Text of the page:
A few months ago I was discussing the subject of silent comedy with someone who knew nothing much beyond the fact that there used to be someone named Charlie Chaplin.  I brought the name of Roscoe Arbuckle and, to my surprise, I was asked, “Wasn’t he the one who raped that girl with a Coke bottle?”  Hollywood Babylon strikes again.  After declining to smack this person upside the head, it occurred to me that people today still think that “Fatty” did indeed rape and kill someone when it never happened.  They don’t know or care to know that Roscoe was tried three times for Virginia Rappe’s death and was acquitted on the third go-around by a jury that issued a statement stating that they felt that the actor had undergone a “monstrous injustice.”

The prosecution never had the evidence to support a murder case and never had it for rape either.  Testimony showed that both Arbuckle and Rappe were fully dressed in their one encounter during the party at the St. Francis Hotel in San Francisco on Labor Day, 1921.  The core of their case was that Roscoe had thrown himself on top of her and caused her bladder to burst.  Peritonitis set in and Rappe died a few days after the party.   Yet despite Roscoe’s acquittal, he was banned from pictures by Will Hays for conduct detrimental to the industry, and even have Hays reinstated him, he was persona non grata for almost a decade.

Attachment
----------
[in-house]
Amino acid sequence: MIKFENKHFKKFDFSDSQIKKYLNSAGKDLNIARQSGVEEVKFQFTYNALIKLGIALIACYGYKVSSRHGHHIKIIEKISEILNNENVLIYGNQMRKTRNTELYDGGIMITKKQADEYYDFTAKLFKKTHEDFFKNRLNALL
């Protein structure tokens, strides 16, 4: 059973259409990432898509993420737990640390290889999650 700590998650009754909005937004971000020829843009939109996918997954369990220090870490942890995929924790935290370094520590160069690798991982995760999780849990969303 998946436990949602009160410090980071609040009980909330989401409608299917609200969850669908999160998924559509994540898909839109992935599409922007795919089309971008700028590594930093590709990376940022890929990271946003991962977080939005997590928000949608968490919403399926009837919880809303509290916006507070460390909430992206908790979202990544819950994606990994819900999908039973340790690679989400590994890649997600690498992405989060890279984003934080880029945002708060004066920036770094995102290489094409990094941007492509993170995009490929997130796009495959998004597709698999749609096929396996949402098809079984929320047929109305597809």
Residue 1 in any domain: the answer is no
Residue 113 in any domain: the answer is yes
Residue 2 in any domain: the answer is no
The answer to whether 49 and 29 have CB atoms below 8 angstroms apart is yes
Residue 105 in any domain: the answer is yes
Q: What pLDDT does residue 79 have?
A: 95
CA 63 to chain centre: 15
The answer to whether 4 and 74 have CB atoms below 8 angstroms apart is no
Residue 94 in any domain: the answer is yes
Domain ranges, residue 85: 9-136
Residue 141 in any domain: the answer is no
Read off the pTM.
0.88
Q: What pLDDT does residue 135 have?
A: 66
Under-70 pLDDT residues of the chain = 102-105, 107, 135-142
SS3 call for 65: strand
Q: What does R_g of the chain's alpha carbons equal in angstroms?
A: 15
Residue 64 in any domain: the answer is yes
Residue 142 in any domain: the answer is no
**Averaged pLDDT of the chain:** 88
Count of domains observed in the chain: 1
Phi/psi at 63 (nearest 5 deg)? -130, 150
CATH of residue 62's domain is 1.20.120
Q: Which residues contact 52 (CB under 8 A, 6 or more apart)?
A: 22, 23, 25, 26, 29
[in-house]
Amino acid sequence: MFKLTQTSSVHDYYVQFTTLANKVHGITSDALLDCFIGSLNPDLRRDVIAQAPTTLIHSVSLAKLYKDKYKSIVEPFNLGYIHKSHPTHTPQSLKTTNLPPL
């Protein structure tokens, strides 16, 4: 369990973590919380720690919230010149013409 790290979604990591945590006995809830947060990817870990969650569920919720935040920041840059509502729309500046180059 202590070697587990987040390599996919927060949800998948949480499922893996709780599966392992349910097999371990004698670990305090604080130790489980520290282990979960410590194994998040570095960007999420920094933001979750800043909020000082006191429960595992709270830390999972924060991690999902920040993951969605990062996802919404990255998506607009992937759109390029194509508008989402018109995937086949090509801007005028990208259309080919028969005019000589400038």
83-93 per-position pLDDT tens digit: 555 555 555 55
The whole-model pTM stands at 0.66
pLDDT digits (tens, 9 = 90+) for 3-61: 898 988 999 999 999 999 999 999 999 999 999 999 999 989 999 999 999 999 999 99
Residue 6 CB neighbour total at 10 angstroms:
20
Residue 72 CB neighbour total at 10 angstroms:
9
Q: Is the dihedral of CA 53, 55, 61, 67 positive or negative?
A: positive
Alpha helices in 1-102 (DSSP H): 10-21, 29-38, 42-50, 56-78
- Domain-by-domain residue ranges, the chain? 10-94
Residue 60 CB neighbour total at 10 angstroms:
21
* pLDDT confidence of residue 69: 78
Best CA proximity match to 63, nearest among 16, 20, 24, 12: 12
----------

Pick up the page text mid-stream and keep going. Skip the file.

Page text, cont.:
The case has made for both non-fiction books and fictional novels.  Here’s a partial list.

Non-fiction:

1.  “The Day The Laughter Stopped” by David Yallop.  An exhaustive reconstruction of the Arbuckle’s three trials with a focus on the testimony delivered in court.  Although pretty much comprehensive on the subject, it is a rather dry read.

2.  Frame-Up by Andy Edmonds.  Edmonds delivers a part biography, part crime book focusing on the political reasons behind the trial and argues that Roscoe was set-up in order to deflect blame for the beastly behavior of certain executives at Famous Players-Lasky.  Interesting, but the conclusion doesn’t hold water.

3.  Room 1219 by Greg Merritt.  The title refers to the number of Roscoe’s suite at the St. Francis Hotel.  Merritt juxtaposes biographies of both Arbuckle and Rappe against a recounting of the trial.  While the format gets a bit tedious at times, the writing is first-rate and allows for a thorough understanding on why the San Francisco D.A. decided to try Arbuckle on the flimsiest of evidence and details the damage done to the comic’s reputation and career.  Meritt also offers his take on what happened in the hotel room between Roscoe and Virginia–can’t say that I buy it.  Good read, though.

Fiction:

1.  Devil’s Garden by Ace Atkins.  Atkins’ novel has Pinkerton man and future mystery novelist Dashiell Hammett being hired by Arbuckle’s defense team to find out what happened.  I wouldn’t give away the ending to a good book.  The mob was involved!

2.  I, Fatty by Jerry Stahl.  Stahl has a drug-addled Arbuckle narrating his story to his Japanese valet.  While many of the details in the novel are accurate, Arbuckle was not the drug addict he’s made out to be.  Interesting, but a bit of a misfire.

Extra added bonus:  And if you want to try a cinematic variation on the case, I would recommend 1973’s “The Wild Party” with James Coco and Raquel Welch.  It’s not the story itself, but there are similarities with the Rappe story.

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